There may be more than just cosmetic benefits to using the drug best-known for smoothing wrinkles.
A new study has found that Botox may cure severe depression, and other studies have found the toxin can be used to fight Parkinson's disease, control bladder problems, and treat prostate cancer.
According to a paper published last week in the Journal of Dermatologic Surgery, a small pilot study conducted by Dr. Eric Finzi found nine of 10 depressed patients recovered from their depressive symptoms after getting Botox injections between the eyebrows -- nearly twice the success rate of anti-depressants. Finzi has since expanded his study to 15 patients.
"The 14 of 15 actually went from being depressed to no longer being depressed," said Finzi, a medical director and president of Chevy Chase Cosmetic Center in Chevy Chase, Md., and Dermatology and Cosmetic Surgery Associates in Greenbelt, Md.
Finzi said he was testing the theory that Botox makes you stop scowling, which directly relieves your depression as feedback from facial muscles regulates the brain.
"There are a series of patients who have paralyzed facial muscles, and they have problems feeling sad," Finzi said. "So, they may be able to think sad, but they can't feel sad."
Finzi originally recruited 10 women between the ages of 36 and 63, with a medical history of depression. The average period of depression in Finzi's subjects was 3.5 years, but one patient had been ill for 17 years and had not responded well to conventional treatments. Seven of the 10 had had little success while on anti-depressants, and none of the subjects had previously taken Botox.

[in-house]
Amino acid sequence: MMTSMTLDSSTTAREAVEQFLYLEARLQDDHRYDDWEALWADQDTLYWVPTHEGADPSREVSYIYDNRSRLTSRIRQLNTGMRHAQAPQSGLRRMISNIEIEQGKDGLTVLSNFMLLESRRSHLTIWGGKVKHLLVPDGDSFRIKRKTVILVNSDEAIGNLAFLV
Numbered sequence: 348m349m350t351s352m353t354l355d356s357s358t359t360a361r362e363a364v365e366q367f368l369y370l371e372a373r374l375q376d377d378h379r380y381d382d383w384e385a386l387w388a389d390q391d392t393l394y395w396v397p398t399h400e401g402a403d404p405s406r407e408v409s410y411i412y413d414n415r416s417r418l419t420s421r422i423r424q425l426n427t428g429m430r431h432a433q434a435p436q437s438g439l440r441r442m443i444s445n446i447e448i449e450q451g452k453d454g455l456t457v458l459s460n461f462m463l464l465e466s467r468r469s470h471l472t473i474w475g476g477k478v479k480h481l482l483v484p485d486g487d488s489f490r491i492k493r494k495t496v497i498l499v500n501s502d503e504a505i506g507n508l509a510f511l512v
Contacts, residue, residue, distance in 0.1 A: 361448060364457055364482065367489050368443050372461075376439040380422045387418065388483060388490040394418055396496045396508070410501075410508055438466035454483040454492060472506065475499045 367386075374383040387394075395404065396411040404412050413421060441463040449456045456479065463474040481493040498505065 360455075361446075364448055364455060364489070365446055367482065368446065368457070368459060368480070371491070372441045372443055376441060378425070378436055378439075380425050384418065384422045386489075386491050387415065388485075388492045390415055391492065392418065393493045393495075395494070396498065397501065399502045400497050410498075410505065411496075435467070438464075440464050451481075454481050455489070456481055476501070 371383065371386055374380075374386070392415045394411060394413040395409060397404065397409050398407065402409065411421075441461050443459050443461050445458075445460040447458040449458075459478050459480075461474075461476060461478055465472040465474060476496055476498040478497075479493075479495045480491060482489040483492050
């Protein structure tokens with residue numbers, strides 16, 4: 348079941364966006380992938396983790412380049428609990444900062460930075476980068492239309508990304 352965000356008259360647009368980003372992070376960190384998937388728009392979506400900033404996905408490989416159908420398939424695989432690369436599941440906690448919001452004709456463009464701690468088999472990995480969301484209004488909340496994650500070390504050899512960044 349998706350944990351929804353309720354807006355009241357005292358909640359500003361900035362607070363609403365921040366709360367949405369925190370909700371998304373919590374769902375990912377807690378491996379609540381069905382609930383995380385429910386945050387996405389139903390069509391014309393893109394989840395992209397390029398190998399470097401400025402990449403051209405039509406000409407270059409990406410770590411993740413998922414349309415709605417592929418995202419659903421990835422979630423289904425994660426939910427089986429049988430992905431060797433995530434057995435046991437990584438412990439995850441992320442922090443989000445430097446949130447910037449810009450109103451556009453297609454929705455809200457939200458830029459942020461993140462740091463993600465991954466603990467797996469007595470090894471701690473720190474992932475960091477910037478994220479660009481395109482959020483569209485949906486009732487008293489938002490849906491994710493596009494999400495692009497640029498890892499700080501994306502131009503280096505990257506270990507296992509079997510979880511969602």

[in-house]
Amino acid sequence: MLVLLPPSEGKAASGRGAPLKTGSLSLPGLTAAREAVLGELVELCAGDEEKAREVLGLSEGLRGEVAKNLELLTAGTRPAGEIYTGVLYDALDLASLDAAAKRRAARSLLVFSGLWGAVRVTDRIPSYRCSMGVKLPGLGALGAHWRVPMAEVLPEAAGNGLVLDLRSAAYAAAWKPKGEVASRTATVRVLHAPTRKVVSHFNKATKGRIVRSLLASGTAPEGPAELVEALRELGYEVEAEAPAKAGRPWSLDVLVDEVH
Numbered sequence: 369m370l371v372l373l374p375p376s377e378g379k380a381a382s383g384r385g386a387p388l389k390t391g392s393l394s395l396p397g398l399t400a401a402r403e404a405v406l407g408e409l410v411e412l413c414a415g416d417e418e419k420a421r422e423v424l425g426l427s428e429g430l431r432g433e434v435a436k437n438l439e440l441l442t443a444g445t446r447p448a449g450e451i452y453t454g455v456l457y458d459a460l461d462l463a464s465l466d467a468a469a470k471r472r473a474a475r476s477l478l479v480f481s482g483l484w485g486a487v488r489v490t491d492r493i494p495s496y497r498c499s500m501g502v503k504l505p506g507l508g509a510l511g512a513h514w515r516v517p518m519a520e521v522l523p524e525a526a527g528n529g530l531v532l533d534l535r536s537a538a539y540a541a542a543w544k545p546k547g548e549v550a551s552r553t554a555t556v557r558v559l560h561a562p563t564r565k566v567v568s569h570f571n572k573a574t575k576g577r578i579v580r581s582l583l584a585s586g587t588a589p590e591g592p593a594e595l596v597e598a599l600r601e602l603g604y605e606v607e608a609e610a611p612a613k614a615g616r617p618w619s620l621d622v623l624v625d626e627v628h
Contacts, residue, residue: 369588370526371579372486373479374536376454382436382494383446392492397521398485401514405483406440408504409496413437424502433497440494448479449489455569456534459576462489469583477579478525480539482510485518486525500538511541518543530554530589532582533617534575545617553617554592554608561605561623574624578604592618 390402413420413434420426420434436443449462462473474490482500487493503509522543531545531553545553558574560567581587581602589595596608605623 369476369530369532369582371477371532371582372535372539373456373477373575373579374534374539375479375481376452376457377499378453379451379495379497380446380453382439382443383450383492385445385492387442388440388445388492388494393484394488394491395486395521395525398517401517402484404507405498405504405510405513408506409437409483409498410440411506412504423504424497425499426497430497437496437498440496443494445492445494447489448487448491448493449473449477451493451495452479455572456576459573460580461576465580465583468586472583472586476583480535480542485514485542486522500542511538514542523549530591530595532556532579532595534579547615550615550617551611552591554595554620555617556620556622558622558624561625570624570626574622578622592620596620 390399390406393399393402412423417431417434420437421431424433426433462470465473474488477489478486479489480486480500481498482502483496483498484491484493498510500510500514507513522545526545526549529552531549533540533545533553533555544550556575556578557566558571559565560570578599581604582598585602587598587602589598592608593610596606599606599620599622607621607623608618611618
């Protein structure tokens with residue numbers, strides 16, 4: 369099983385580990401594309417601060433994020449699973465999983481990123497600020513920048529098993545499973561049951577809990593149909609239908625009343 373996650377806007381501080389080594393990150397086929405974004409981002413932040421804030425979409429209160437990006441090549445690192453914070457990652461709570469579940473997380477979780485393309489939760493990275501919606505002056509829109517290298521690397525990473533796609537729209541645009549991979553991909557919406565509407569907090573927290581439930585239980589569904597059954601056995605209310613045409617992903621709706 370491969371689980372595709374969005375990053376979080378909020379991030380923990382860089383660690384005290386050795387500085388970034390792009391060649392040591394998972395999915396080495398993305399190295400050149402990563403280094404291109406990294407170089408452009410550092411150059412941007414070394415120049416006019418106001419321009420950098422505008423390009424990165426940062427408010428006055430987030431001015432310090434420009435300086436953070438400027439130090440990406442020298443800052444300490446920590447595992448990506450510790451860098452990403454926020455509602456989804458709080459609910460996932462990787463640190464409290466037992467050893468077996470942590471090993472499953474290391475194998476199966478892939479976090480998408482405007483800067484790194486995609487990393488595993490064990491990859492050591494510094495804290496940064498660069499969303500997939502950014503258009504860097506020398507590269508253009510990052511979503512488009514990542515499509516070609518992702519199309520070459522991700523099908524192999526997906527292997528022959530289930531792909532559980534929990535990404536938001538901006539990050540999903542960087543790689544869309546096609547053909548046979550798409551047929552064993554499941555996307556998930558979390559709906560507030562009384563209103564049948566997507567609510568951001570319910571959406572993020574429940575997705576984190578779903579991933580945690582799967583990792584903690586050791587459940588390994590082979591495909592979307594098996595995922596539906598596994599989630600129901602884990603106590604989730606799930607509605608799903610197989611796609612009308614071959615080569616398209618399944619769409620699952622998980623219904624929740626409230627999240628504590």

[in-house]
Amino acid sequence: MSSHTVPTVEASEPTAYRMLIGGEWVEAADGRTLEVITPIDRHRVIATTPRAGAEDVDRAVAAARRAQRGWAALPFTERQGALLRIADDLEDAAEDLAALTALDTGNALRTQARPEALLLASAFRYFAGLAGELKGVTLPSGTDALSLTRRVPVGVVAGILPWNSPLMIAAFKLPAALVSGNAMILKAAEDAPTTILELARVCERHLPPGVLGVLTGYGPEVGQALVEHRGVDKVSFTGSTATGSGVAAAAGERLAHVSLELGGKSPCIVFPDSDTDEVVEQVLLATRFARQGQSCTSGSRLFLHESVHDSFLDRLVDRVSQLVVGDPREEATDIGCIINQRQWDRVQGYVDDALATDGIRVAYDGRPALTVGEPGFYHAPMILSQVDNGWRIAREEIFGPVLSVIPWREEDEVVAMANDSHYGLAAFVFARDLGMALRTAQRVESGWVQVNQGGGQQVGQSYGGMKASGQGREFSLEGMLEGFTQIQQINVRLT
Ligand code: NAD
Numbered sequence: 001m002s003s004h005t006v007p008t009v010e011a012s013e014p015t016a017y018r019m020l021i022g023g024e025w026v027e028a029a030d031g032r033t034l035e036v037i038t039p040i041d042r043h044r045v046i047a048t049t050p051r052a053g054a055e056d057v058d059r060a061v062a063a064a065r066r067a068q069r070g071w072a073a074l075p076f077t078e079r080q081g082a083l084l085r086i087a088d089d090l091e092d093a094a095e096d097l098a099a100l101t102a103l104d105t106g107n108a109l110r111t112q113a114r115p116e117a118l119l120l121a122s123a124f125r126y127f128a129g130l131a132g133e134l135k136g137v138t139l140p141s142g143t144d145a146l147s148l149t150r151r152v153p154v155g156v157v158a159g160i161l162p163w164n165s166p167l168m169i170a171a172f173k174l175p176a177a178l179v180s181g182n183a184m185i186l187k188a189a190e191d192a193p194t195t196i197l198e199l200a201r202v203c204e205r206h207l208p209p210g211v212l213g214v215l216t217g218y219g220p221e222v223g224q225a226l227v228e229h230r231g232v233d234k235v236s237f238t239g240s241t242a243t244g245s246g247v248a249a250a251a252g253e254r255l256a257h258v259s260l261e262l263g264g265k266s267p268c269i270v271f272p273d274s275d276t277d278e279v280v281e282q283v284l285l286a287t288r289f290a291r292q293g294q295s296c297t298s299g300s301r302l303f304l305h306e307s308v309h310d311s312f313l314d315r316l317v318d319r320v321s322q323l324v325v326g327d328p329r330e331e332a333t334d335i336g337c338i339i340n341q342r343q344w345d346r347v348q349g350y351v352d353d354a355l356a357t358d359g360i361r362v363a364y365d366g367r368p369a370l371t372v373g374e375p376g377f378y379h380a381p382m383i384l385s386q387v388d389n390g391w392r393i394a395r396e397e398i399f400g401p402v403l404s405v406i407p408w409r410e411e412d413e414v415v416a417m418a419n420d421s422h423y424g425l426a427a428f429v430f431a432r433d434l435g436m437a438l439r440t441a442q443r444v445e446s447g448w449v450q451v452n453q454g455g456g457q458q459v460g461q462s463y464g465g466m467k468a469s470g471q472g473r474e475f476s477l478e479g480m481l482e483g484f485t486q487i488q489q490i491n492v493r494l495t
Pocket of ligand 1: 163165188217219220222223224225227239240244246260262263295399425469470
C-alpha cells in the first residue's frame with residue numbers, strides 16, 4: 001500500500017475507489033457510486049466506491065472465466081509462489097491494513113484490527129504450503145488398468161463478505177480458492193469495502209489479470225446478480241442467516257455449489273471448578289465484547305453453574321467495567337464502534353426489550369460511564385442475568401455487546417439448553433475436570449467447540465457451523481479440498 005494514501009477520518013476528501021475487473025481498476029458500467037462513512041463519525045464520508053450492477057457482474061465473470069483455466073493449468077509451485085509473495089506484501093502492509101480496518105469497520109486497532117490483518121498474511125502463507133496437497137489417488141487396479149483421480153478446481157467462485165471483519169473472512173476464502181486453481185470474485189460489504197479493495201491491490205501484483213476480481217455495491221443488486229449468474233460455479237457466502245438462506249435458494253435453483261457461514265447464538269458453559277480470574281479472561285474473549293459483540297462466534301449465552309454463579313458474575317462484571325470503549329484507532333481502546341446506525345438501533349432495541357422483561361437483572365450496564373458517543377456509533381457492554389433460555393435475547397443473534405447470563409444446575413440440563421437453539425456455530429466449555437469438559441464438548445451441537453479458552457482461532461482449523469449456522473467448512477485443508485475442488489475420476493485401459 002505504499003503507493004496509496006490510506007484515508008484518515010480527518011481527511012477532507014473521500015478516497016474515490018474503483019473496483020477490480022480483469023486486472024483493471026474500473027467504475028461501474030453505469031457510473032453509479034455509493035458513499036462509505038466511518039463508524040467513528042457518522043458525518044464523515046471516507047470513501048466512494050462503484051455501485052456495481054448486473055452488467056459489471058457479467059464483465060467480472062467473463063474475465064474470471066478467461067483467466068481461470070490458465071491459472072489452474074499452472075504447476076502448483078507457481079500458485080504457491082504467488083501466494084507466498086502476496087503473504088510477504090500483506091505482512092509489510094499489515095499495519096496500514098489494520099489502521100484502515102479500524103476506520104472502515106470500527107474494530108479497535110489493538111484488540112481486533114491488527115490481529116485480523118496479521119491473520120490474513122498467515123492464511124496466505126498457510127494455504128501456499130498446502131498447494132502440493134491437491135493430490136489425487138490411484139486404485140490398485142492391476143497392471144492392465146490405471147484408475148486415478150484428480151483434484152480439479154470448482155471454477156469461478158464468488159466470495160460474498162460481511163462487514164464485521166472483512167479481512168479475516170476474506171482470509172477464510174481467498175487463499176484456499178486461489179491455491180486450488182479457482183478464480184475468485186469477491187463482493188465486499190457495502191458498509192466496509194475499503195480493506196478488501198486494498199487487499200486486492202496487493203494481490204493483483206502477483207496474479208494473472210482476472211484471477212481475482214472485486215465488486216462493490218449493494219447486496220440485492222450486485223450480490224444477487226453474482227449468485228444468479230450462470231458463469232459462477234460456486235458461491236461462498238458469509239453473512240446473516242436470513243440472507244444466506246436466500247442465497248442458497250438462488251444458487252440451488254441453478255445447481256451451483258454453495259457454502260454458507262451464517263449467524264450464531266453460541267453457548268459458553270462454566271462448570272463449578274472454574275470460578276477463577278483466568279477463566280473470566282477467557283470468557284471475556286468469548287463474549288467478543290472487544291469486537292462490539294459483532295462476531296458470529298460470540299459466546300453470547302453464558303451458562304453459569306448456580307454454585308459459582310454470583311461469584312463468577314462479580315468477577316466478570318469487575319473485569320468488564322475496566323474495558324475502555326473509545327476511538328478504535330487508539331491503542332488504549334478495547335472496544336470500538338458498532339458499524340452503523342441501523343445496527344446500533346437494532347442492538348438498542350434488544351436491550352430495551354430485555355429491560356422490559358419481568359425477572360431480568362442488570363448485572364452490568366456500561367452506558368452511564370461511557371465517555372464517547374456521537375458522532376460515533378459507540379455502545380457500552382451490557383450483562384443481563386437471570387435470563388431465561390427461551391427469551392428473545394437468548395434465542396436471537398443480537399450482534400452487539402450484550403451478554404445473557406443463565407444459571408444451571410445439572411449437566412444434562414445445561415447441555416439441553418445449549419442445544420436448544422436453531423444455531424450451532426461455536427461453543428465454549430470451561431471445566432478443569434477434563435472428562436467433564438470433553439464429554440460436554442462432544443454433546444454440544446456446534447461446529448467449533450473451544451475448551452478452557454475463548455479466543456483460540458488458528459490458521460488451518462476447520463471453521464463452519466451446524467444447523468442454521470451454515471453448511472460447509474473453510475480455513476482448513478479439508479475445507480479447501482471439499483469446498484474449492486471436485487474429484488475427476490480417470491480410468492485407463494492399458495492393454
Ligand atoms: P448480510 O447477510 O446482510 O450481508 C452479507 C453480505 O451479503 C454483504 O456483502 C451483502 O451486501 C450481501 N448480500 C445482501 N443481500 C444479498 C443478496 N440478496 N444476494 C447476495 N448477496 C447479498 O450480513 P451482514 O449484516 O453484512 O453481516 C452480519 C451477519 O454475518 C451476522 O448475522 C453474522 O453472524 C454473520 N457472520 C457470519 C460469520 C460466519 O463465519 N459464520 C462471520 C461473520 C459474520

All but one improved after Botox treatments.
"I'm not depressed," said Kathleen Delano, one of the trial subjects. "I have my days, but I would not consider myself a depressed person. I'm happy."
Finzi said one woman in the study felt the depression coming back about two months after the end of the study. After another round of injections, she improved. Therefore, Finzi said, it would be important to get injections about every three months, even before there were signs that the Botox was wearing off.
Still, experts warn Botox is not a cure for depression.
"Botox is not a miracle drug," said "Good Morning America" medical contributor Dr. David Katz said. "People should know this is a maintenance therapy, not a cure."
Botox has a wide range of medical applications and is used to alleviate the symptoms of an enlarged prostate, treat stroke victims' muscle spasms, to ease migraine, help people with Parkinson's disease control their movements, improve bladder function, and give relief for tennis elbow.
It may even help fight cancer. Researchers recently discovered Botox significantly boosted the effects of chemotherapy treatments, speeding up the destruction of tumor cells by increasing blood flow to the tumor.
Botox has only been approved by the Food and Drug Administration for a handful of medical uses, although several other uses show promise.
Both Katz and Finzi said more studies were necessary to test the effect of Botox on depression.